Grow Light Update

The Extension Agent said my tomato seedlings would get leggy and spindly without a grow light and they did. I never doubted her expertise. I was busy trying to find the most economical way to provide light that would not result in a storage problem after the seed starting season. I ultimately went with the Extension Agent grow light stand as you can see here.

Poppie warned me when I headed out for my supplies that I wouldn’t be able to get anyone to wait on me at Home Depot. After proving him right, I drove to Lowes where I got wonderful assistance by a guy named Ricky. I had my Extension Agent material list in hand which he took and started tossing supplies in my buggy. He graciously cut the 10 foot PVC pipe into the pieces I needed and the whole supply list came to $29.14. I must admit I did not buy grow light bulbs because they were $12 each. I had read elsewhere that I could get by with “cool lights” so I’m trying that first.

Poppie helped me put it together. I could have done it but I was lacking confidence and was afraid it would take me half a day to assemble when he could do it in fifteen minutes.

Due to my storage concerns, the only piece that is glued is the top 49″ bar. After inserting the wooden dowel for strength, Poppie glued the two 90 degree elbows to the 49″ bar. Everything else is hammered together (I’m hoping it will come apart later on). If I had known what kind of condition his PVC glue was in, I could have saved another $3.67.

I know somebody will give me grief over this photo of my grow light hovering over the grass. There was a reason I took the photo outside. I wanted you to be able to really see it. I don’t have a flash attachment for my camera and indoor photos are iffy at best.


  1. 10 foot length of ¾” PVC pipe
  2. 2 PVC 90° elbows to fit pipe
  3. 2 PVC “T” connectors to fit pipe
  4. 4 PVC end caps to fit pipe
  5. Dowel or bamboo stick to fit inside PVC (roughly 4 feet, big enough to barely fit inside the PVC pipe)
  6. 1 4 foot fluorescent hanging light fixture (shop light 2 or 4 tube, wide reflector, no bulb cover)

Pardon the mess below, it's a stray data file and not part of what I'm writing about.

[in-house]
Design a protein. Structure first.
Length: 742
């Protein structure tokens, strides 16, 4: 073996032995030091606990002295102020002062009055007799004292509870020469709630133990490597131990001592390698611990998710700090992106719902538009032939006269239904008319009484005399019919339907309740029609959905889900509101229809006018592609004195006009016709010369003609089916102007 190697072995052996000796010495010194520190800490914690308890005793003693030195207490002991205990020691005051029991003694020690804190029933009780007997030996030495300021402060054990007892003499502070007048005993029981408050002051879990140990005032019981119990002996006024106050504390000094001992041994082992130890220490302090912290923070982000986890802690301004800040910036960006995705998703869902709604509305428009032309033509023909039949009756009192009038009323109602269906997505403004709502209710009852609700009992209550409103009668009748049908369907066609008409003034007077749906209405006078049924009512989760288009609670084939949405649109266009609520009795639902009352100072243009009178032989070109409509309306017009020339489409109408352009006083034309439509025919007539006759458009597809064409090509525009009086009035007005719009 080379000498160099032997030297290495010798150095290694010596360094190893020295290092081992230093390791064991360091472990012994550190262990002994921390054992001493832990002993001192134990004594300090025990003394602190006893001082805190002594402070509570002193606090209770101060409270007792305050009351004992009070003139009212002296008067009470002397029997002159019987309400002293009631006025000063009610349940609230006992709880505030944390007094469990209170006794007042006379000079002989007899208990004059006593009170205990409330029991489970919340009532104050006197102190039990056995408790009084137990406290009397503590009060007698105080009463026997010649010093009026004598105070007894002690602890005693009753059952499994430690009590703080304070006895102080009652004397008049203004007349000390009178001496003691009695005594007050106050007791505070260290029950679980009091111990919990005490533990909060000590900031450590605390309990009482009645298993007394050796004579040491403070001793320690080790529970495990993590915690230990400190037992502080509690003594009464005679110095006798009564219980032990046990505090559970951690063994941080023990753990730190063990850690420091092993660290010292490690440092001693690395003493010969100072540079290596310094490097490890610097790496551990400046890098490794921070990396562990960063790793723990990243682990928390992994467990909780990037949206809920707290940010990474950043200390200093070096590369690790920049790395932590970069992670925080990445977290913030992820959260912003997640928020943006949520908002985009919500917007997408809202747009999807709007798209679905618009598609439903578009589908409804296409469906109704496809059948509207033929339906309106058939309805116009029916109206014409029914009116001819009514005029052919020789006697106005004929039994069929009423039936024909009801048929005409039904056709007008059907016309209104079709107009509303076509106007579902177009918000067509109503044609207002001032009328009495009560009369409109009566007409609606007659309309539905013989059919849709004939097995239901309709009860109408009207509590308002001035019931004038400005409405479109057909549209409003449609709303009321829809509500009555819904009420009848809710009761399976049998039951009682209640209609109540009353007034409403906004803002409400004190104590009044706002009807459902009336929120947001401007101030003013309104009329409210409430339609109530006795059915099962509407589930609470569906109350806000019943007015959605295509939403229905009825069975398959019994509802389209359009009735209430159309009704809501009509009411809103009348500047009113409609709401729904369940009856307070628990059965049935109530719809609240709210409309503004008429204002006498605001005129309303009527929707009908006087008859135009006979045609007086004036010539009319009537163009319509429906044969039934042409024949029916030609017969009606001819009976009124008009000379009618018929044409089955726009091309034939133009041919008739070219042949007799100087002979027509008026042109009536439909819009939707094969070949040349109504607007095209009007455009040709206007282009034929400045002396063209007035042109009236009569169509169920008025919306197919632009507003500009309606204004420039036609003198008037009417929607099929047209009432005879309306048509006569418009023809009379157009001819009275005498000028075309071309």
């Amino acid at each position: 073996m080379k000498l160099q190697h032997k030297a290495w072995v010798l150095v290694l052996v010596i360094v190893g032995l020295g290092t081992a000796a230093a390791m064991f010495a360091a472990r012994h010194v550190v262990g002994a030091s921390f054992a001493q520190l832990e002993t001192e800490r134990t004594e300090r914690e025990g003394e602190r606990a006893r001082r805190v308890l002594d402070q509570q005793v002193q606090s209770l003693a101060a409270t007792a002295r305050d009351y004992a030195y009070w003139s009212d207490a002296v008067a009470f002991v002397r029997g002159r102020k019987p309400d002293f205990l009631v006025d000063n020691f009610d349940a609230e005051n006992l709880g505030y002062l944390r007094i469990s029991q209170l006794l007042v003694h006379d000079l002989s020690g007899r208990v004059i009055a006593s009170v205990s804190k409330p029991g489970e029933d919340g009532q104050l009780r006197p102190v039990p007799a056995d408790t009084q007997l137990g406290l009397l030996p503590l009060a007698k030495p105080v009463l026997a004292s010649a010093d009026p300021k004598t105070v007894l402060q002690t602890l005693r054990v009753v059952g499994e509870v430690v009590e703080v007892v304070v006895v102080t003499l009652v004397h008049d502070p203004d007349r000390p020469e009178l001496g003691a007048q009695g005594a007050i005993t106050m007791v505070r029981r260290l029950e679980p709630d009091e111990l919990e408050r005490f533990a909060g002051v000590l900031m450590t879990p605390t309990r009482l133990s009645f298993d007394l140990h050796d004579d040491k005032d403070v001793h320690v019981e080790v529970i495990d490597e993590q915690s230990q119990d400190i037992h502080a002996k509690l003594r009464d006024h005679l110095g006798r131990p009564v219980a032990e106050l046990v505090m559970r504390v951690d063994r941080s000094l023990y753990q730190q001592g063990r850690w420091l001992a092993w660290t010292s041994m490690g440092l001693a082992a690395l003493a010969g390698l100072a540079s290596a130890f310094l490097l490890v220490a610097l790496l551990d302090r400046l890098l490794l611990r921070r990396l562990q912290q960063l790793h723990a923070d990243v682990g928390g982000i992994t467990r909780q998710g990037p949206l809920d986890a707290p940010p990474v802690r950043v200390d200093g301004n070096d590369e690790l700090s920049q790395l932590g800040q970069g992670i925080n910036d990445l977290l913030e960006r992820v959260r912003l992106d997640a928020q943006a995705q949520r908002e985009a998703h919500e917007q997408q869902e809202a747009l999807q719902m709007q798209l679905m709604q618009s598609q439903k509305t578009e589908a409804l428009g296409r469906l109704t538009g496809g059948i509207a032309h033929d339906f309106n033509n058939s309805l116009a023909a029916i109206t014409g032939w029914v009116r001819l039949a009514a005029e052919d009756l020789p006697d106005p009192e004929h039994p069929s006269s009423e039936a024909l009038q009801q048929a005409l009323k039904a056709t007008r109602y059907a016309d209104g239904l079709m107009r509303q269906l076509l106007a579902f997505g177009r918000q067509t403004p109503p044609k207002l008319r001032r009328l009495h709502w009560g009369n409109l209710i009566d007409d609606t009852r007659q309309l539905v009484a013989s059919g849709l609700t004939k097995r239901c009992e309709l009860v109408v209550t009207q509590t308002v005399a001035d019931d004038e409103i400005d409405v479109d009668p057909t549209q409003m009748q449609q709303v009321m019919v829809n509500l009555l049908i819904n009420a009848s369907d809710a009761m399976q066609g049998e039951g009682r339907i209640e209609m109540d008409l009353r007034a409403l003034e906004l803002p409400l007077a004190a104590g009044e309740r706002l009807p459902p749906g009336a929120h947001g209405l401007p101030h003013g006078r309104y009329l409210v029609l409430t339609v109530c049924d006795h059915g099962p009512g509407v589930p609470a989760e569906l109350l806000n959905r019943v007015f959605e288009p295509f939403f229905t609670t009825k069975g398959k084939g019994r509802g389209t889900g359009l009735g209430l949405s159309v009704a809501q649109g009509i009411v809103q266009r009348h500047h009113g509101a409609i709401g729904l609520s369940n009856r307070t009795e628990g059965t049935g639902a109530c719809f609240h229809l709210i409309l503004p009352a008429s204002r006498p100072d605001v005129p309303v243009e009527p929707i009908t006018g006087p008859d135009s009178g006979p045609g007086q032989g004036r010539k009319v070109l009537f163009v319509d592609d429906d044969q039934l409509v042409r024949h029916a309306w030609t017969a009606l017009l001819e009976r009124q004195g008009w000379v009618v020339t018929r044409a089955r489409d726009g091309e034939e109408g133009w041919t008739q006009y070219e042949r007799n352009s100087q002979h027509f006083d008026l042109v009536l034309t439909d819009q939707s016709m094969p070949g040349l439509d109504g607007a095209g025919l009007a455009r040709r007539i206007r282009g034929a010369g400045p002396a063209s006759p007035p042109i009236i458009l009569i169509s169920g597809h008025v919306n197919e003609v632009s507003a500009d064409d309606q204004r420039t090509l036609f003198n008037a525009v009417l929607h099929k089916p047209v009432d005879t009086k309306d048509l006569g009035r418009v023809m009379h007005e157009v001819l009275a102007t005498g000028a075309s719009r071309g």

7. Fluorescent grow light tubes to fit fixture
  8. Scrap wire
  9. Silicone caulk (optional, in my opinion)


  1. Saw or PVC cutter (I didn’t need the PVC cutter; Ricky at Lowes cut my PVC)
  2. Pliers

Building the Grow Light

  1. Cut a piece of the PVC approximately 49” long (light attachment – length just a bit longer than the light fixture)
  2. Cut 2 pieces of PVC 18” long (uprights)
  3. Cut 4 pieces of PVC 8” long (feet)
  4. Cut a piece of dowel or bamboo slightly shorter than the longest PVC piece. Slip it inside the light attachment piece to stiffen it.
  5. Remove 2 links from each of the chains the light fixture is hung from. Grasp a link in 2 pairs of pliers and twist to the side to open the link.
  6. Fit the PVC pipe pieces to look like my photo above. You may glue it together, but it’s not necessary, and if left unglued, can be taken apart for storage.
  7. Cut a piece of the scrap wire long enough to wrap around the light support pipe, leaving enough extra to twist the ends together. Slip the wire through one of the closed links, wrap the wire around the pipe, and twist it tightly. Repeat with the other link, at the other end of the light support pipe. Space them so the light fixture chains will hang straight down from the open link. A dab of silicone sealant will protect you from sharp wire ends.

These directions for constructing the grow light were provided by the Duval County Extension Office, Jacksonville, Florida.

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